I posted this video recently on my other website, tylertalkstrash.com, and then I realized it had some crossover here. Schools are a blaring example of composting potential, and you teach the kids about it and hold them responsible for its success.

This came to mind as I was taking a stroll downtown earlier and walked in front of a shoe store that had its trash on the street. It didn’t take long to realize that they are yet another industry that could easily compost their waste with little to no contamination. All they have is cardboard boxes neatly flattened, shoe boxes smooshed into garbage bags along with the tissue paper you put inside and around the shoe. Check it out:

So much composting potential.

It’s hard to think of an industry that couldn’t benefit from composting in one way or another…in the shoe store’s case, their cardboard recycler doesn’t want the tissue paper anyway as it’s considered a contaminant (super low grade paper).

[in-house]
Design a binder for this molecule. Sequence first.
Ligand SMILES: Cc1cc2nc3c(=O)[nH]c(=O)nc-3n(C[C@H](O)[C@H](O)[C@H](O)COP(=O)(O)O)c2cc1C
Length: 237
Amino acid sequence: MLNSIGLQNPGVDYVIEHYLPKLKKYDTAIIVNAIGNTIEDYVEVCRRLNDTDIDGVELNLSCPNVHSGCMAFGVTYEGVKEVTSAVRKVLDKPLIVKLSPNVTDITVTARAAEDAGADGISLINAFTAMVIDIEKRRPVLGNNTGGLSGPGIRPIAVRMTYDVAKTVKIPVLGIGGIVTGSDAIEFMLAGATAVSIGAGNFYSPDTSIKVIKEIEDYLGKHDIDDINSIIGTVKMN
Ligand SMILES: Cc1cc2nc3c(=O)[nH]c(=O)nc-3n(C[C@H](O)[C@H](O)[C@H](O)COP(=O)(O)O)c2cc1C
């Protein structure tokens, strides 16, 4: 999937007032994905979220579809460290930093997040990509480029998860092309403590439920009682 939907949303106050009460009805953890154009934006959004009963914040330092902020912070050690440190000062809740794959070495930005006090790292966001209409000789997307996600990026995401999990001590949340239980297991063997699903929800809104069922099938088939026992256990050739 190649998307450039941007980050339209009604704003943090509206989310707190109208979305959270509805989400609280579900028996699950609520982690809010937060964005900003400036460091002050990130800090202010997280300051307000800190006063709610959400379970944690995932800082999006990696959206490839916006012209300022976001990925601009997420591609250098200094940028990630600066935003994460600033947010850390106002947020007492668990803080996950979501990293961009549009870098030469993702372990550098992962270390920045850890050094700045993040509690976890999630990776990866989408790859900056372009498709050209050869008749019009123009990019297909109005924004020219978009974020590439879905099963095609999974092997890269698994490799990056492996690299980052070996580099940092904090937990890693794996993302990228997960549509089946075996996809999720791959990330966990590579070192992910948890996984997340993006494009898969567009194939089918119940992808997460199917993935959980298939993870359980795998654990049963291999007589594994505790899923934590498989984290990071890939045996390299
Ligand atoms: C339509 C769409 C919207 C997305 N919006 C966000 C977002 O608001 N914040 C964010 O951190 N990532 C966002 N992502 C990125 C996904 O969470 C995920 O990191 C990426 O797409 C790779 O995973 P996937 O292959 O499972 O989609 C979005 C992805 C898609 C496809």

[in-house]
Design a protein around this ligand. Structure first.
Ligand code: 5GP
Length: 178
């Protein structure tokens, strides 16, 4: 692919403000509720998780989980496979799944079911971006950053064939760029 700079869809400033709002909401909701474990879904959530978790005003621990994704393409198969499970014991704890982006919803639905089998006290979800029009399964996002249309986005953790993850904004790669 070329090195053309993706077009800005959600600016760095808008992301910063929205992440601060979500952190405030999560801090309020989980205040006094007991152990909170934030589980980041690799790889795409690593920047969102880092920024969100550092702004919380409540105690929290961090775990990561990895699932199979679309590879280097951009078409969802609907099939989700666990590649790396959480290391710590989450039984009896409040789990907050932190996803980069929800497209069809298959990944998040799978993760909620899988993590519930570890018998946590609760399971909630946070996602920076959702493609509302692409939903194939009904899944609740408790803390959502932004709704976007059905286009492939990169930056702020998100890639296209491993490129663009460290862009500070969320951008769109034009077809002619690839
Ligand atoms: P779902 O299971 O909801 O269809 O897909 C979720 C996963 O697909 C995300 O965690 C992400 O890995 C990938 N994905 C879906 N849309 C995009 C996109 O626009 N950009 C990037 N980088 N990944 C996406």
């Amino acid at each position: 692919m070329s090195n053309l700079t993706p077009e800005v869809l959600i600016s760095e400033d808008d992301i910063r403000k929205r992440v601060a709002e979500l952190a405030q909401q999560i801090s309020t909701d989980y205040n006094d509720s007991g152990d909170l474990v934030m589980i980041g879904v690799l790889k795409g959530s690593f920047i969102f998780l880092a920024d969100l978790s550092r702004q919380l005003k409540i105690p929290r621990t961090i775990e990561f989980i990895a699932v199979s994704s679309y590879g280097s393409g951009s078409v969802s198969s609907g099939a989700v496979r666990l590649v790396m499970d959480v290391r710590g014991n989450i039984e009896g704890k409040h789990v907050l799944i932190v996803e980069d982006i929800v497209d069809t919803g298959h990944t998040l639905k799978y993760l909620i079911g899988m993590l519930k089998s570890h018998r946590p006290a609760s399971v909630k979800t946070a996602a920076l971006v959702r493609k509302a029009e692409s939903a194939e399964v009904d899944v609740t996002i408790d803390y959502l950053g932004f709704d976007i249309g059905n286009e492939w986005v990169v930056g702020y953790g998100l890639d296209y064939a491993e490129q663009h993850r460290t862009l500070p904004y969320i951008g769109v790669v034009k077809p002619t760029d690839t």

What’s left? Their employees appeared to be hardcore coffee drinkers, and we know that’s all compost. Remaining was plastic wrap, which can easily be separated and might even fetch you a few bucks when you have enough.

Firm Pulls the Plug on Compost Dump (news article)

 

VILLAGERS are celebrating after the firm planning to build a compost dump near Awsworth withdrew its planning application.

But a plan for a smaller plant from the same developer near the sewage works off Halls Lane, Newthorpe, is still ‘live’ according to Nottinghamshire County Council.

The proposed Westby Lane plant would have seen 12 32-tonne lorries travel back and forth through Awsworth each week, leading to grave concerns from residents that the roads in the village could not handle it.

The local residents’ and tenants’ association mobilised a campaign against the plan with dozens joining protests near the proposed site in Babbington after Alfreton-based HW Martin’s plans were revealed in May.